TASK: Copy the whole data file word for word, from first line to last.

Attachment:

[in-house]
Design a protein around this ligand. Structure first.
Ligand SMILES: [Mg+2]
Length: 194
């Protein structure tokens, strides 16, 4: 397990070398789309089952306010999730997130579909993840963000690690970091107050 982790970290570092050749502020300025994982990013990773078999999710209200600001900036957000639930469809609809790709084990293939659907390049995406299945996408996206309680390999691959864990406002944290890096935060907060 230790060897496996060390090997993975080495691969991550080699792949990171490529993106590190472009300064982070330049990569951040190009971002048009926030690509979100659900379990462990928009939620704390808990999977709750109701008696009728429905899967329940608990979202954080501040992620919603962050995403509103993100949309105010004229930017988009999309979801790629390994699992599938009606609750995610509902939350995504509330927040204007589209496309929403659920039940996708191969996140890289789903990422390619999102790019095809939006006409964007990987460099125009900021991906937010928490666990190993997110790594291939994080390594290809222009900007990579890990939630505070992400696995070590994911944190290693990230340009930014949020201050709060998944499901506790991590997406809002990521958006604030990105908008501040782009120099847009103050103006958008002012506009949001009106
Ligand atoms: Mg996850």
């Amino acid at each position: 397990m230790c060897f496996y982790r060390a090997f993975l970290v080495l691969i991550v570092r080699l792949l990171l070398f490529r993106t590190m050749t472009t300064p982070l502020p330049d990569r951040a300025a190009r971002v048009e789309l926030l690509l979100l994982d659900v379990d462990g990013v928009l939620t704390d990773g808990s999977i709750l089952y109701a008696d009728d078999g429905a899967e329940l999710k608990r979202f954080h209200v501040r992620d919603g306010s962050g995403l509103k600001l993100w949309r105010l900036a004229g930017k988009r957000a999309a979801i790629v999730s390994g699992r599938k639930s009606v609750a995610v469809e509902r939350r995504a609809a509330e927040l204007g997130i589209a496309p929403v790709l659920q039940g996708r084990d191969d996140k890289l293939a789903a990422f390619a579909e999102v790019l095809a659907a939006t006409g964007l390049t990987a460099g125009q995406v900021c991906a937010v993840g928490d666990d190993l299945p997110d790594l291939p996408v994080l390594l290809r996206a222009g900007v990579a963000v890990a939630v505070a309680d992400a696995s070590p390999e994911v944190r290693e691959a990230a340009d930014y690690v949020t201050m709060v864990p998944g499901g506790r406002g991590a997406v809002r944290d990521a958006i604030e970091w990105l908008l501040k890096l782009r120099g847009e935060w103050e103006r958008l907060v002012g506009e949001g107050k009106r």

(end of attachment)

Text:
[in-house]
Design a protein around this ligand. Structure first.
Ligand SMILES: [Mg+2]
Length: 194
């Protein structure tokens, strides 16, 4: 397990070398789309089952306010999730997130579909993840963000690690970091107050 982790970290570092050749502020300025994982990013990773078999999710209200600001900036957000639930469809609809790709084990293939659907390049995406299945996408996206309680390999691959864990406002944290890096935060907060 230790060897496996060390090997993975080495691969991550080699792949990171490529993106590190472009300064982070330049990569951040190009971002048009926030690509979100659900379990462990928009939620704390808990999977709750109701008696009728429905899967329940608990979202954080501040992620919603962050995403509103993100949309105010004229930017988009999309979801790629390994699992599938009606609750995610509902939350995504509330927040204007589209496309929403659920039940996708191969996140890289789903990422390619999102790019095809939006006409964007990987460099125009900021991906937010928490666990190993997110790594291939994080390594290809222009900007990579890990939630505070992400696995070590994911944190290693990230340009930014949020201050709060998944499901506790991590997406809002990521958006604030990105908008501040782009120099847009103050103006958008002012506009949001009106
Ligand atoms: Mg996850």
């Amino acid at each position: 397990m230790c060897f496996y982790r060390a090997f993975l970290v080495l691969i991550v570092r080699l792949l990171l070398f490529r993106t590190m050749t472009t300064p982070l502020p330049d990569r951040a300025a190009r971002v048009e789309l926030l690509l979100l994982d659900v379990d462990g990013v928009l939620t704390d990773g808990s999977i709750l089952y109701a008696d009728d078999g429905a899967e329940l999710k608990r979202f954080h209200v501040r992620d919603g306010s962050g995403l509103k600001l993100w949309r105010l900036a004229g930017k988009r957000a999309a979801i790629v999730s390994g699992r599938k639930s009606v609750a995610v469809e509902r939350r995504a609809a509330e927040l204007g997130i589209a496309p929403v790709l659920q039940g996708r084990d191969d996140k890289l293939a789903a990422f390619a579909e999102v790019l095809a659907a939006t006409g964007l390049t990987a460099g125009q995406v900021c991906a937010v993840g928490d666990d190993l299945p997110d790594l291939p996408v994080l390594l290809r996206a222009g900007v990579a963000v890990a939630v505070a309680d992400a696995s070590p390999e994911v944190r290693e691959a990230a340009d930014y690690v949020t201050m709060v864990p998944g499901g506790r406002g991590a997406v809002r944290d990521a958006i604030e970091w990105l908008l501040k890096l782009r120099g847009e935060w103050e103006r958008l907060v002012g506009e949001g107050k009106r």